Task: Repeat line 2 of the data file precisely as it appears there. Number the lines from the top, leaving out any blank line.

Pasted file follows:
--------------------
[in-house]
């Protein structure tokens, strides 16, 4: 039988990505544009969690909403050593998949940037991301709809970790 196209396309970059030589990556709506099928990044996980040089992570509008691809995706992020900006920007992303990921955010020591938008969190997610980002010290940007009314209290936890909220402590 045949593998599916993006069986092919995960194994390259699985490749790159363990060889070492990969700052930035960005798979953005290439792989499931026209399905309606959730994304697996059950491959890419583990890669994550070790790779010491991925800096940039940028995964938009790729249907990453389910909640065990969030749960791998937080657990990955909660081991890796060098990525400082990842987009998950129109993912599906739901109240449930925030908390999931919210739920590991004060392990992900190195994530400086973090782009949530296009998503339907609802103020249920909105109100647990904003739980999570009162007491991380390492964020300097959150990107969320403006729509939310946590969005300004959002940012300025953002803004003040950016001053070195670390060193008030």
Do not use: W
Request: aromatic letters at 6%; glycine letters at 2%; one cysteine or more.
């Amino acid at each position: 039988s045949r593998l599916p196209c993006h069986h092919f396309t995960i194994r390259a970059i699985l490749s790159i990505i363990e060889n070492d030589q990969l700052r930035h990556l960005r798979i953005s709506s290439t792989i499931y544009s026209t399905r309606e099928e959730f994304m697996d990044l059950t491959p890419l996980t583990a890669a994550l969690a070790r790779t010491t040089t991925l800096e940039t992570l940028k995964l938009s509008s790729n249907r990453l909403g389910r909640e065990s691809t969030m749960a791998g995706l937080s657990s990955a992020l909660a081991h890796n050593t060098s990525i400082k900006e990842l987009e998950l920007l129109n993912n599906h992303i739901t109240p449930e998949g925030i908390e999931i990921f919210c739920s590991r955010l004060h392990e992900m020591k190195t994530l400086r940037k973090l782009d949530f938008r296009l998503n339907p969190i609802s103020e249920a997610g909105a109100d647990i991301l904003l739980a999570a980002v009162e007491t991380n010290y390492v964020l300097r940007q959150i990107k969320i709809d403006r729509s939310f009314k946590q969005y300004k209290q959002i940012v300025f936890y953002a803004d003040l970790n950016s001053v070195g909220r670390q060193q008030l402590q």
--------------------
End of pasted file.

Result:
């Protein structure tokens, strides 16, 4: 039988990505544009969690909403050593998949940037991301709809970790 196209396309970059030589990556709506099928990044996980040089992570509008691809995706992020900006920007992303990921955010020591938008969190997610980002010290940007009314209290936890909220402590 045949593998599916993006069986092919995960194994390259699985490749790159363990060889070492990969700052930035960005798979953005290439792989499931026209399905309606959730994304697996059950491959890419583990890669994550070790790779010491991925800096940039940028995964938009790729249907990453389910909640065990969030749960791998937080657990990955909660081991890796060098990525400082990842987009998950129109993912599906739901109240449930925030908390999931919210739920590991004060392990992900190195994530400086973090782009949530296009998503339907609802103020249920909105109100647990904003739980999570009162007491991380390492964020300097959150990107969320403006729509939310946590969005300004959002940012300025953002803004003040950016001053070195670390060193008030």